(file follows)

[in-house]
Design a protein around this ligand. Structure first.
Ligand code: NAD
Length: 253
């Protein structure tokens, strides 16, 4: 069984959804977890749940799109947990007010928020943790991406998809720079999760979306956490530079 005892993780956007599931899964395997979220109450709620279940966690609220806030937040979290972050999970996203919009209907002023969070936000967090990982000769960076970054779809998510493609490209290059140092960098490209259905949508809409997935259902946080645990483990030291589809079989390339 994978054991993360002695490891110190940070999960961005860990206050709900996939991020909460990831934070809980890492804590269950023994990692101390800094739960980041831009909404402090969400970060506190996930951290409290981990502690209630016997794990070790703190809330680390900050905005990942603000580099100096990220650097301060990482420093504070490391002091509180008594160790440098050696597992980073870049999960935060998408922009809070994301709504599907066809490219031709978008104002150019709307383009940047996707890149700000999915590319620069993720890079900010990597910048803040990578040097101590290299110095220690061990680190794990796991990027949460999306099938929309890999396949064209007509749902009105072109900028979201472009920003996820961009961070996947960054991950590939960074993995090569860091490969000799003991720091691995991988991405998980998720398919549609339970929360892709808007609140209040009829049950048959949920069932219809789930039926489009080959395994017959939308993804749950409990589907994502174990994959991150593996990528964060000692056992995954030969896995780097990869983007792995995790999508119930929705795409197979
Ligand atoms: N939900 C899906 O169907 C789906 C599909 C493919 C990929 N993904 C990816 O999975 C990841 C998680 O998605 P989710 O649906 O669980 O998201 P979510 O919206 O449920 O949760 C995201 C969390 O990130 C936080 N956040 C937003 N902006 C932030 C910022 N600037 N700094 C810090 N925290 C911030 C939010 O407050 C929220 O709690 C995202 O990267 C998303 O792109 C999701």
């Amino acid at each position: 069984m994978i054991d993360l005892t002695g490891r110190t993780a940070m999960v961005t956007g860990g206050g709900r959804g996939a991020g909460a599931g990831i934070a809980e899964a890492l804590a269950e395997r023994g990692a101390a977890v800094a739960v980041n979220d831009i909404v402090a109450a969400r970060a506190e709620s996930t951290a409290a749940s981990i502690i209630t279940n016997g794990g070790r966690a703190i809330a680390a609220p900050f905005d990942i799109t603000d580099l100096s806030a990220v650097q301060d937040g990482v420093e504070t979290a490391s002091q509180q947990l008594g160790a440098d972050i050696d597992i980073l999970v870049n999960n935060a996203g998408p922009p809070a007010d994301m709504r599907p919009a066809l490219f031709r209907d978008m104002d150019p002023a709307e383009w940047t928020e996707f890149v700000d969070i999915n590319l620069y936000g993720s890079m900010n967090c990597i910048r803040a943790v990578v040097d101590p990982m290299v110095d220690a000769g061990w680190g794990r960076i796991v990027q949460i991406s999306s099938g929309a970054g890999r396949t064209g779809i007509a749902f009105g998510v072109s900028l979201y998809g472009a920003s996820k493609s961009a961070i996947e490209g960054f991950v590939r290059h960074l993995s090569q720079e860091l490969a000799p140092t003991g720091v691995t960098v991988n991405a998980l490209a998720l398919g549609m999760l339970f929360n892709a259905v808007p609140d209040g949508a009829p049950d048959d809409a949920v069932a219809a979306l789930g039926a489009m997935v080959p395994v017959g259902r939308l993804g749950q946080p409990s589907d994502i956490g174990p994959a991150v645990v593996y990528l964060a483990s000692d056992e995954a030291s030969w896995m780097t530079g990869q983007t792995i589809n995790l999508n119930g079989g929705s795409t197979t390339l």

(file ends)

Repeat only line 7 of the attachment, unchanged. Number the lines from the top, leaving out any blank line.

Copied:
């Amino acid at each position: 069984m994978i054991d993360l005892t002695g490891r110190t993780a940070m999960v961005t956007g860990g206050g709900r959804g996939a991020g909460a599931g990831i934070a809980e899964a890492l804590a269950e395997r023994g990692a101390a977890v800094a739960v980041n979220d831009i909404v402090a109450a969400r970060a506190e709620s996930t951290a409290a749940s981990i502690i209630t279940n016997g794990g070790r966690a703190i809330a680390a609220p900050f905005d990942i799109t603000d580099l100096s806030a990220v650097q301060d937040g990482v420093e504070t979290a490391s002091q509180q947990l008594g160790a440098d972050i050696d597992i980073l999970v870049n999960n935060a996203g998408p922009p809070a007010d994301m709504r599907p919009a066809l490219f031709r209907d978008m104002d150019p002023a709307e383009w940047t928020e996707f890149v700000d969070i999915n590319l620069y936000g993720s890079m900010n967090c990597i910048r803040a943790v990578v040097d101590p990982m290299v110095d220690a000769g061990w680190g794990r960076i796991v990027q949460i991406s999306s099938g929309a970054g890999r396949t064209g779809i007509a749902f009105g998510v072109s900028l979201y998809g472009a920003s996820k493609s961009a961070i996947e490209g960054f991950v590939r290059h960074l993995s090569q720079e860091l490969a000799p140092t003991g720091v691995t960098v991988n991405a998980l490209a998720l398919g549609m999760l339970f929360n892709a259905v808007p609140d209040g949508a009829p049950d048959d809409a949920v069932a219809a979306l789930g039926a489009m997935v080959p395994v017959g259902r939308l993804g749950q946080p409990s589907d994502i956490g174990p994959a991150v645990v593996y990528l964060a483990s000692d056992e995954a030291s030969w896995m780097t530079g990869q983007t792995i589809n995790l999508n119930g079989g929705s795409t197979t390339l």